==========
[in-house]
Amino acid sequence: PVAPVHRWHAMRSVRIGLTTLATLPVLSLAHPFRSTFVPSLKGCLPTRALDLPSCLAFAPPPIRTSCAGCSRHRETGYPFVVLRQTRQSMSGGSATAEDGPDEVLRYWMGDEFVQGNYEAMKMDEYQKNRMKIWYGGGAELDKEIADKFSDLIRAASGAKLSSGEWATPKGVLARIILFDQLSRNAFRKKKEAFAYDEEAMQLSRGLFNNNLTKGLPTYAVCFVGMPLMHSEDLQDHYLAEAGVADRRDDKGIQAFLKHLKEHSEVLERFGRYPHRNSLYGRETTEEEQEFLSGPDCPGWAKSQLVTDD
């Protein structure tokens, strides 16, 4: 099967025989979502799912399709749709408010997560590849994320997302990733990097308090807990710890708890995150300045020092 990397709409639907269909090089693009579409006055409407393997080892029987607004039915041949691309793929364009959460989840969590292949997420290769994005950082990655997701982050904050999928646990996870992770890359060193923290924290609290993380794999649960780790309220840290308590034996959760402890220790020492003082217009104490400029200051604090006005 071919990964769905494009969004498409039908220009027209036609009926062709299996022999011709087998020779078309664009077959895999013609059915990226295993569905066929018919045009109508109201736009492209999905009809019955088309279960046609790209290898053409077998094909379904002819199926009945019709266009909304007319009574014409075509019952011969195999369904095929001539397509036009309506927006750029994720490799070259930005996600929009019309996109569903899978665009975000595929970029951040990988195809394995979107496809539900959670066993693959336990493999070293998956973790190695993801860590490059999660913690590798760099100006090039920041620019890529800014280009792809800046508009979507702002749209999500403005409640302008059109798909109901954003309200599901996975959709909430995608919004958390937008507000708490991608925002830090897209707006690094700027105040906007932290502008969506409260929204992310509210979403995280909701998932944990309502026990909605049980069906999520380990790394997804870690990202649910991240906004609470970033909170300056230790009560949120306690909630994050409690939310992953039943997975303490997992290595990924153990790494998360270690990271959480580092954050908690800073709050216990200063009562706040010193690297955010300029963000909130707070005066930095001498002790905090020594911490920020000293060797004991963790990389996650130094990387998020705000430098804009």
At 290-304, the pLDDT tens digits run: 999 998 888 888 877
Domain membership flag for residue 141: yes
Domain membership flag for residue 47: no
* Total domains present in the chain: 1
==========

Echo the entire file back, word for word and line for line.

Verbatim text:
[in-house]
Amino acid sequence: PVAPVHRWHAMRSVRIGLTTLATLPVLSLAHPFRSTFVPSLKGCLPTRALDLPSCLAFAPPPIRTSCAGCSRHRETGYPFVVLRQTRQSMSGGSATAEDGPDEVLRYWMGDEFVQGNYEAMKMDEYQKNRMKIWYGGGAELDKEIADKFSDLIRAASGAKLSSGEWATPKGVLARIILFDQLSRNAFRKKKEAFAYDEEAMQLSRGLFNNNLTKGLPTYAVCFVGMPLMHSEDLQDHYLAEAGVADRRDDKGIQAFLKHLKEHSEVLERFGRYPHRNSLYGRETTEEEQEFLSGPDCPGWAKSQLVTDD
């Protein structure tokens, strides 16, 4: 099967025989979502799912399709749709408010997560590849994320997302990733990097308090807990710890708890995150300045020092 990397709409639907269909090089693009579409006055409407393997080892029987607004039915041949691309793929364009959460989840969590292949997420290769994005950082990655997701982050904050999928646990996870992770890359060193923290924290609290993380794999649960780790309220840290308590034996959760402890220790020492003082217009104490400029200051604090006005 071919990964769905494009969004498409039908220009027209036609009926062709299996022999011709087998020779078309664009077959895999013609059915990226295993569905066929018919045009109508109201736009492209999905009809019955088309279960046609790209290898053409077998094909379904002819199926009945019709266009909304007319009574014409075509019952011969195999369904095929001539397509036009309506927006750029994720490799070259930005996600929009019309996109569903899978665009975000595929970029951040990988195809394995979107496809539900959670066993693959336990493999070293998956973790190695993801860590490059999660913690590798760099100006090039920041620019890529800014280009792809800046508009979507702002749209999500403005409640302008059109798909109901954003309200599901996975959709909430995608919004958390937008507000708490991608925002830090897209707006690094700027105040906007932290502008969506409260929204992310509210979403995280909701998932944990309502026990909605049980069906999520380990790394997804870690990202649910991240906004609470970033909170300056230790009560949120306690909630994050409690939310992953039943997975303490997992290595990924153990790494998360270690990271959480580092954050908690800073709050216990200063009562706040010193690297955010300029963000909130707070005066930095001498002790905090020594911490920020000293060797004991963790990389996650130094990387998020705000430098804009």
At 290-304, the pLDDT tens digits run: 999 998 888 888 877
Domain membership flag for residue 141: yes
Domain membership flag for residue 47: no
* Total domains present in the chain: 1